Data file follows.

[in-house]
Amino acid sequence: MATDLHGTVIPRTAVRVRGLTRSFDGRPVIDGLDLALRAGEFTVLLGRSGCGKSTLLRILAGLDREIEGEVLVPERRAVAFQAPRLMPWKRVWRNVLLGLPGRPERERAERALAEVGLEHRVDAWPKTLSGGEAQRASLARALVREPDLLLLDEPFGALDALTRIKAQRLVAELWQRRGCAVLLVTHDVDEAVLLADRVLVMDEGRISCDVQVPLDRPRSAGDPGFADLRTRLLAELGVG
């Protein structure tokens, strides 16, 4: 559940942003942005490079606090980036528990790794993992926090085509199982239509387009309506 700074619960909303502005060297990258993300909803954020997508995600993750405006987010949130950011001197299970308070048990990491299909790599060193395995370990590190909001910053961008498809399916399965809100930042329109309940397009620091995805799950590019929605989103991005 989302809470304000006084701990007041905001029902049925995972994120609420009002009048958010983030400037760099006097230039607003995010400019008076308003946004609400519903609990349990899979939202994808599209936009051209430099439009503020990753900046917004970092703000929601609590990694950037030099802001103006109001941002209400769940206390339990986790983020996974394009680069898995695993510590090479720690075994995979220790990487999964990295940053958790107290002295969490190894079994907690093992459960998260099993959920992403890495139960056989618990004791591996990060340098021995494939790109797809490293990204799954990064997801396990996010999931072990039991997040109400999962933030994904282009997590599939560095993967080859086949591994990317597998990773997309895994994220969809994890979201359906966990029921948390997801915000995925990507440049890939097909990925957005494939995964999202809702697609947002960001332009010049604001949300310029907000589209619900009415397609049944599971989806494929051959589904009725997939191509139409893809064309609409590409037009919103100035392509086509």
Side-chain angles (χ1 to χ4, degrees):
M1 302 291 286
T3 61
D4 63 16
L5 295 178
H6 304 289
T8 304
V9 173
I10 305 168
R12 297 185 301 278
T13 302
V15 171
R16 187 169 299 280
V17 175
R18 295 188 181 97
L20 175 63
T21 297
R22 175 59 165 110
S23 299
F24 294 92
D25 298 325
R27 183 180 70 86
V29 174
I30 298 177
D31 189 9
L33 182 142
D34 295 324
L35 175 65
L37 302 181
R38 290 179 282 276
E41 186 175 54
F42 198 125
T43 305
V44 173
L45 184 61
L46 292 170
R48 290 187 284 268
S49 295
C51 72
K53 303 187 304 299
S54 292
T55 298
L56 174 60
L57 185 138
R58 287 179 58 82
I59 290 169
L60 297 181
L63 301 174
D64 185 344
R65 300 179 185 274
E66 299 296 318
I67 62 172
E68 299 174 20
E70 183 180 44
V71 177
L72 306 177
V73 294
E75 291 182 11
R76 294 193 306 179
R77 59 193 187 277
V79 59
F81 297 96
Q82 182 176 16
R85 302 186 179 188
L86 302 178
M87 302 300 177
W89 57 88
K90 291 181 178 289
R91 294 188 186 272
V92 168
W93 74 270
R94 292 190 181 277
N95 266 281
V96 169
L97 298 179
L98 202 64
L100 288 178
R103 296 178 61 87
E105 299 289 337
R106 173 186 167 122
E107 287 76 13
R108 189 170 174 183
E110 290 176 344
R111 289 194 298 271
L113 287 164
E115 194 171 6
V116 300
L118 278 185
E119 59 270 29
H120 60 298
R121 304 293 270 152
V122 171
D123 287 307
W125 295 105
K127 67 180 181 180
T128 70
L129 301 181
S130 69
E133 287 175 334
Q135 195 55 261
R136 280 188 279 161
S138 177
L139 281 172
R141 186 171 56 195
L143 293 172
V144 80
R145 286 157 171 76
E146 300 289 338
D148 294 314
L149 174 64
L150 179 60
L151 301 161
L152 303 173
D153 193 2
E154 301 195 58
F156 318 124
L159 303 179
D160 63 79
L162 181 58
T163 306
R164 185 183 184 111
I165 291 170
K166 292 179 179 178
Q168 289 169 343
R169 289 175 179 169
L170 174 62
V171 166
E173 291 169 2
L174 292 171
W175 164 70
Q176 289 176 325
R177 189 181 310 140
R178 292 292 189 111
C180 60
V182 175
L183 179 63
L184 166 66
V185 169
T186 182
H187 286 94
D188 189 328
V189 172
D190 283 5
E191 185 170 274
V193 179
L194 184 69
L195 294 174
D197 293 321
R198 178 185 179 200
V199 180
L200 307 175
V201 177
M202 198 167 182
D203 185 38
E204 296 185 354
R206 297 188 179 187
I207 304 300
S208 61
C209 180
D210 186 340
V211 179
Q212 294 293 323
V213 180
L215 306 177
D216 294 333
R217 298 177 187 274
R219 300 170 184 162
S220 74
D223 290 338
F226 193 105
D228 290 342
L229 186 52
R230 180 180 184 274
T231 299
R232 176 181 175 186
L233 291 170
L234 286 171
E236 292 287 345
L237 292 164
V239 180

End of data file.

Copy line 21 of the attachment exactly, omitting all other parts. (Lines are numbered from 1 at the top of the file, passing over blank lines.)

R22 175 59 165 110